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Using Digital Endpoints and Digital Biomarkers in Clinical Trials

Wednesday, June 28, 2017   • Posted by Erika Vázquez

While traditional endpoints and biomarkers are still necessary for FDA submission and regulation, the advent of digital tools has presented the opportunity to revolutionize the data capture method — specifically, the ability to collect more specific, relevant data points or digital biomarkers.

According to Rock Health’s report The Emerging Influence of Digital Biomarkers on Healthcare, digital biomarkers are “consumer-generated physiological and behavioral measures collected through connected digital tools” which “represent an opportunity to capture clinically meaningful, objective data in a cost-effective manner.”

In today’s regulatory environment, digital endpoints or digital biomarkers provide researchers supplemental, contextual information to arrive at a Go/No Go decision in a clinical trial more confidently and efficiently. The additional data wearable sensors and novel metrics provide, which may go unseen by traditional endpoints, can warn of a likely phase III failure. And according to the Biotechnology Innovation Organization, only 58% of expensive, lengthy phase III clinical trials succeed.

Here’s what you need to know about the use of digital endpoints and digital biomarkers in clinical trials.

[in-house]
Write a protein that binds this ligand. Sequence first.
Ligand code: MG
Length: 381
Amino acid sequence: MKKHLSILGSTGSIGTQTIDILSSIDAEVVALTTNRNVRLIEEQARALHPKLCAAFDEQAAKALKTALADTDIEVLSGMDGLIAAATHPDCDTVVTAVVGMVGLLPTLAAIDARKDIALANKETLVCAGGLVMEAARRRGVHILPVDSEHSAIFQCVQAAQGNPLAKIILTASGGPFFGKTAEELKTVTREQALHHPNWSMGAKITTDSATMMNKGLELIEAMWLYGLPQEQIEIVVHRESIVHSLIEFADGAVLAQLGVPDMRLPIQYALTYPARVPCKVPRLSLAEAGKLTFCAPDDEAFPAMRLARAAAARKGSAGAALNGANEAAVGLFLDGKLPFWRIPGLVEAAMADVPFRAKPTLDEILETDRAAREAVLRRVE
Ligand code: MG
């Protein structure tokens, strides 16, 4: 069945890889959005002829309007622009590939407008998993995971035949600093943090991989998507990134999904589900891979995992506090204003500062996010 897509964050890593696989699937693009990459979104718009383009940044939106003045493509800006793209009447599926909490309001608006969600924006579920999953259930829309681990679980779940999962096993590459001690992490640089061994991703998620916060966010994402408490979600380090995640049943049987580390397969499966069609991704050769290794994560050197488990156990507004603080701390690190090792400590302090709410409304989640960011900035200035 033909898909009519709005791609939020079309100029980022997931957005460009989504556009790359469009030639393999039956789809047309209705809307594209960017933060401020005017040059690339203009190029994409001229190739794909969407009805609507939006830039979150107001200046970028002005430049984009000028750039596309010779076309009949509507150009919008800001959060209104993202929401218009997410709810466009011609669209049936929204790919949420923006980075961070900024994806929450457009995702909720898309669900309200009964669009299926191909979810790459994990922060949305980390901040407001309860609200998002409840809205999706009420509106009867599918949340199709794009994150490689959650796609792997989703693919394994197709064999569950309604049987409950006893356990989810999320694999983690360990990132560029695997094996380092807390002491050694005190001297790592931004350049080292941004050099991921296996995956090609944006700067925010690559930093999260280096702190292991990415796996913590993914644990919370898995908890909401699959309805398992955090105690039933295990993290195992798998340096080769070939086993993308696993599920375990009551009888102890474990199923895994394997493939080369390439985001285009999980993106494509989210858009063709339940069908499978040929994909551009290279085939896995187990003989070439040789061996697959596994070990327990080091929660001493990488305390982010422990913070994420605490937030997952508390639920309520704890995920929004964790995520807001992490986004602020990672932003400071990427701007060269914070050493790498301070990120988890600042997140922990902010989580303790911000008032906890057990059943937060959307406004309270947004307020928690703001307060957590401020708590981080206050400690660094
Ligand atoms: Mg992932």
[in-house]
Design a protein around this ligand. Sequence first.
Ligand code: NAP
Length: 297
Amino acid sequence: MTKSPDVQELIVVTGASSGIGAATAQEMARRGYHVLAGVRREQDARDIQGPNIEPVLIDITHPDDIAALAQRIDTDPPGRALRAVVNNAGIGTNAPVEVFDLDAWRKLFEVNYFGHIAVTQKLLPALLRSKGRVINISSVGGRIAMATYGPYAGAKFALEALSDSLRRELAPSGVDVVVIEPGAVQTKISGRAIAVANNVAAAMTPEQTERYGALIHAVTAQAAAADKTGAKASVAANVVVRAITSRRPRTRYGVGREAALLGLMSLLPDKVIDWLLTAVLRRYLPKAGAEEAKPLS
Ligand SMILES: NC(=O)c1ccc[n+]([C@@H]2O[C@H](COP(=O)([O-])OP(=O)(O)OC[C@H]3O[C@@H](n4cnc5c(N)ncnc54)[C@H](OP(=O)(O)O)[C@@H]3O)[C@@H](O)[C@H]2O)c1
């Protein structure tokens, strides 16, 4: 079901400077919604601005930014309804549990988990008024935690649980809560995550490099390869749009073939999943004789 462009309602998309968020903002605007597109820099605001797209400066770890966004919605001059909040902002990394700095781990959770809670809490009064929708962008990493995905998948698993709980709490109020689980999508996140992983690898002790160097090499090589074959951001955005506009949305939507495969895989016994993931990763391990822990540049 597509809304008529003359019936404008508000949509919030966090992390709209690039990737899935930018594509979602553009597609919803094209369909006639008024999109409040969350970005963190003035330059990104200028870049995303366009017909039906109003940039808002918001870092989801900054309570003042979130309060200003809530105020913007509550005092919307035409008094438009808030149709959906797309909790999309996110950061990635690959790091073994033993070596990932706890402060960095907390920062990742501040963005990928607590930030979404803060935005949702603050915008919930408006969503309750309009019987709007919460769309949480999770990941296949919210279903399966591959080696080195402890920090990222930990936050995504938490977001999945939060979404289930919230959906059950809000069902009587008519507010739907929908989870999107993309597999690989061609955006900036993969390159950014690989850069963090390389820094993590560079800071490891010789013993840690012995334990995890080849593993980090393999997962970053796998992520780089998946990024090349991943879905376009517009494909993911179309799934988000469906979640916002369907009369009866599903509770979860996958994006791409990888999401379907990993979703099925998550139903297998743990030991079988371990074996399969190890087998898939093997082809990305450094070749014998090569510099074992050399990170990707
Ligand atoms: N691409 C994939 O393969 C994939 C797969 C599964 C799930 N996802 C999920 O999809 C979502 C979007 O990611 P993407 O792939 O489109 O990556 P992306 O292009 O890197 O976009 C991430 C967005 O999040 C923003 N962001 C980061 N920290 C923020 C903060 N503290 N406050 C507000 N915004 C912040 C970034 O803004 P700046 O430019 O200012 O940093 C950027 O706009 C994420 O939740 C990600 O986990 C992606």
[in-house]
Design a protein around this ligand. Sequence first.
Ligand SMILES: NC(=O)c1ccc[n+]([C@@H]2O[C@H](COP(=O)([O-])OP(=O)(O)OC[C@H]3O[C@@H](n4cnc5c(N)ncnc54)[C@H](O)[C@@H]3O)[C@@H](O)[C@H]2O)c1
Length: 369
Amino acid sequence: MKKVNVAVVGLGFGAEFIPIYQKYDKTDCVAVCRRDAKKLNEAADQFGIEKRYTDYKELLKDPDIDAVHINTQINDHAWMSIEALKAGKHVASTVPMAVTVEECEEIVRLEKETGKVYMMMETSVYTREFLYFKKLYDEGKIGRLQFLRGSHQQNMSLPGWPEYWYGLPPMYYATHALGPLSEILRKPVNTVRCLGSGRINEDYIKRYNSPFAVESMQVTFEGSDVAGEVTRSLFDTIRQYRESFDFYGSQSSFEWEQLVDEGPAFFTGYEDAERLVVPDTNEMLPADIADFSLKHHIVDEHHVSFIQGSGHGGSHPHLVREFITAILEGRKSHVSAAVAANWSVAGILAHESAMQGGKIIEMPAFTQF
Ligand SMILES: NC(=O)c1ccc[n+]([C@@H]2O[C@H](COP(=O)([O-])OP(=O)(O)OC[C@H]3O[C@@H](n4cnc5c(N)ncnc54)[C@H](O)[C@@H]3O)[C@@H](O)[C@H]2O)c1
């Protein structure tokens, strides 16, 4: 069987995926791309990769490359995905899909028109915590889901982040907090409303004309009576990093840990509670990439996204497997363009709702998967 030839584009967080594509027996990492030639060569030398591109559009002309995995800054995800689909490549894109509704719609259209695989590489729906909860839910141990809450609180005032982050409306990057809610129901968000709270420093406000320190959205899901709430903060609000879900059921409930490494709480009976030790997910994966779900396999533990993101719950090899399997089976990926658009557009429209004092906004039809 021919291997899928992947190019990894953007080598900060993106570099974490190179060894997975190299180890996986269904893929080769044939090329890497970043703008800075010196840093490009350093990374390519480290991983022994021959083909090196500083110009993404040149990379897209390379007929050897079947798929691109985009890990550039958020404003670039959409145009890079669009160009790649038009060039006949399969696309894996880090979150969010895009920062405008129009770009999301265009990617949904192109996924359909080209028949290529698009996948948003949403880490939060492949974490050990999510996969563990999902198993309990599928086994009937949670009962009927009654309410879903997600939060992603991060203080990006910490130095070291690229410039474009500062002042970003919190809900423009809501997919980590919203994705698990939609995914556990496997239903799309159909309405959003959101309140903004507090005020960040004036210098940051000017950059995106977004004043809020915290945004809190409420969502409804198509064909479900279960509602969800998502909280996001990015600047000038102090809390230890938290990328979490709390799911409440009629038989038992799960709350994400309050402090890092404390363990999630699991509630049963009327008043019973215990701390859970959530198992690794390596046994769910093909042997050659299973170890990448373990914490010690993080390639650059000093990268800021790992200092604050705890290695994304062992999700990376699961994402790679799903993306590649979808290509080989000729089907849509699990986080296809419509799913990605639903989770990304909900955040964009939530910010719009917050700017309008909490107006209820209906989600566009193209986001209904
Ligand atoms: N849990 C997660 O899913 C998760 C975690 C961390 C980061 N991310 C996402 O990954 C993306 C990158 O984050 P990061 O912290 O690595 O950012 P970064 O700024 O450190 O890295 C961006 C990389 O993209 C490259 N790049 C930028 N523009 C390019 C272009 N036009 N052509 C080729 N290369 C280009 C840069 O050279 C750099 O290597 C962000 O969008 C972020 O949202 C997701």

Traditional Endpoints

In a traditional clinical trial setting, a subject will travel to the clinic every two to four weeks to undergo a series of tests designed to measure the effectiveness of a therapy. During each visit, a physician or researcher will assess the subject’s ability to perform tasks like a Timed Up and Go or a Six Minute Walk Test. This evaluation will continue for about three to eight months and yields the traditional endpoints and biomarkers required for FDA submission and regulation.

Digital Endpoints

Using wearable sensors, however, allows researchers to longitudinally capture objective data throughout a subject’s daily life, instead of subjectively assessing a subject’s progress at intermittent appointments.

Digital tools capture data at a much greater convenience to subjects, who can wear small devices in the comfort of their own home and maintain their daily routine. Since subjects are moving naturally and without the stress of performing in a clinical environment under the observation of a physician, researchers can acquire more accurate data.

Wearables can capture biomarkers like median standing and sleeping time, and metrics on gait and balance. For more precise insights, researchers can develop disease-specific algorithms to process subject data. For example, data collected throughout a subject’s average day can be processed by tailored algorithms to quantify the severity and progression of symptoms like dyskinesia, tremor, and Parkinson’s shuffle.

As digital endpoints continue to undergo validation and yield effective results, pharmaceutical and medical device companies can work towards a future where these outcomes can replace traditional in-clinic endpoints for FDA submission and therapeutic regulation.

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